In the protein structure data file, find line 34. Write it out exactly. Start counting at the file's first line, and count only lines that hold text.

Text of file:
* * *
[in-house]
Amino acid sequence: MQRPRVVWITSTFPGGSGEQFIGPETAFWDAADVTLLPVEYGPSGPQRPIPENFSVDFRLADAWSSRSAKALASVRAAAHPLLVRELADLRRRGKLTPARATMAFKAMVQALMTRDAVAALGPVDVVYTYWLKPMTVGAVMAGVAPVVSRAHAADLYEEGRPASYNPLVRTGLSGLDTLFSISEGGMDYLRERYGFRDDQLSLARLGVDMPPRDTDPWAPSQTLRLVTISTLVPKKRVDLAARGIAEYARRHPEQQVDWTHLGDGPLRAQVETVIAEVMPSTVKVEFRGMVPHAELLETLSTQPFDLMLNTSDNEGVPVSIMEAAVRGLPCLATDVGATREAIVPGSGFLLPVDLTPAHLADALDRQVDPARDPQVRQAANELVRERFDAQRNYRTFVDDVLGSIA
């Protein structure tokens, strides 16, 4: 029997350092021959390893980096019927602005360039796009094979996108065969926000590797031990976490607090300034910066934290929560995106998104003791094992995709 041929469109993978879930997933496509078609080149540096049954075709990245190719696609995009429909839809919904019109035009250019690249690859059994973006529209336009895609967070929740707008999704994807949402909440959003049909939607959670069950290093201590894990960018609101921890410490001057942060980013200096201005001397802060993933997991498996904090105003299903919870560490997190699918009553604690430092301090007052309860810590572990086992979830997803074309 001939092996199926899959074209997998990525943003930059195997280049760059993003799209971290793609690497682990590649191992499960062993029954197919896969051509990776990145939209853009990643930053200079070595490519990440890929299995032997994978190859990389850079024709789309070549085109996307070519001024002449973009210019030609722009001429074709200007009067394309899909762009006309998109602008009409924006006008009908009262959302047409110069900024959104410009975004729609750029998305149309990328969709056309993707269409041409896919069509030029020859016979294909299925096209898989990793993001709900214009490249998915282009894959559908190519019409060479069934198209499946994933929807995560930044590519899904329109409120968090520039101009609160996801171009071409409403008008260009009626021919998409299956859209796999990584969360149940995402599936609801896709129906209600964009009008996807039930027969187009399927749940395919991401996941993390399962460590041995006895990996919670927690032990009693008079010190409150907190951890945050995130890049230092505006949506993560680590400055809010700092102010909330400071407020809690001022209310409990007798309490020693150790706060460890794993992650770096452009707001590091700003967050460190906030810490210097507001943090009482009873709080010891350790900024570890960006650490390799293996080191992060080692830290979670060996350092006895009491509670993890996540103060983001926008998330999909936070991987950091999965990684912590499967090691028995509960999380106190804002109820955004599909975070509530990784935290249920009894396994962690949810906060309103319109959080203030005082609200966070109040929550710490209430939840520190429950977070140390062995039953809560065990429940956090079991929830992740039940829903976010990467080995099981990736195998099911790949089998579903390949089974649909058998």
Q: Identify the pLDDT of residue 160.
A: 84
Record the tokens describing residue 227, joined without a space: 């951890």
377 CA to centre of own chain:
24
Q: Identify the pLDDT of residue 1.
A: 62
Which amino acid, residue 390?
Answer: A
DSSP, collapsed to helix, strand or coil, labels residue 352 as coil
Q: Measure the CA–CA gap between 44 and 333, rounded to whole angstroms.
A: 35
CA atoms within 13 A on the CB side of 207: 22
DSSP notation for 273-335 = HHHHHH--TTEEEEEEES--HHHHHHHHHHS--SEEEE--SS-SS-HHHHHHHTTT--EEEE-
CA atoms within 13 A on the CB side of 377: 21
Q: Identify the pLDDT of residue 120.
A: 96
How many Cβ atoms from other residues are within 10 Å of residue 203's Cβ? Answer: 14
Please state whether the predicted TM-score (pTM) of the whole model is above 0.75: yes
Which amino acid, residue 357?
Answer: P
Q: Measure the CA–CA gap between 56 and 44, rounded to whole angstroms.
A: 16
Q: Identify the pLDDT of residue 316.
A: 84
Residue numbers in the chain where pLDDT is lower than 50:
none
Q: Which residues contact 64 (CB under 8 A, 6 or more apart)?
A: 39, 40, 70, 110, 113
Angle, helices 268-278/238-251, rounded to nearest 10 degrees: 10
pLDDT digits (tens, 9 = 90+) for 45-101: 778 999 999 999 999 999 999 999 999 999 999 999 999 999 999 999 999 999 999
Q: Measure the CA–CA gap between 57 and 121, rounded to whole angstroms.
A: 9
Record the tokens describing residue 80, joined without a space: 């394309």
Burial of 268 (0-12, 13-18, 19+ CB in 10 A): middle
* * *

pLDDT digits (tens, 9 = 90+) for 45-101: 778 999 999 999 999 999 999 999 999 999 999 999 999 999 999 999 999 999 999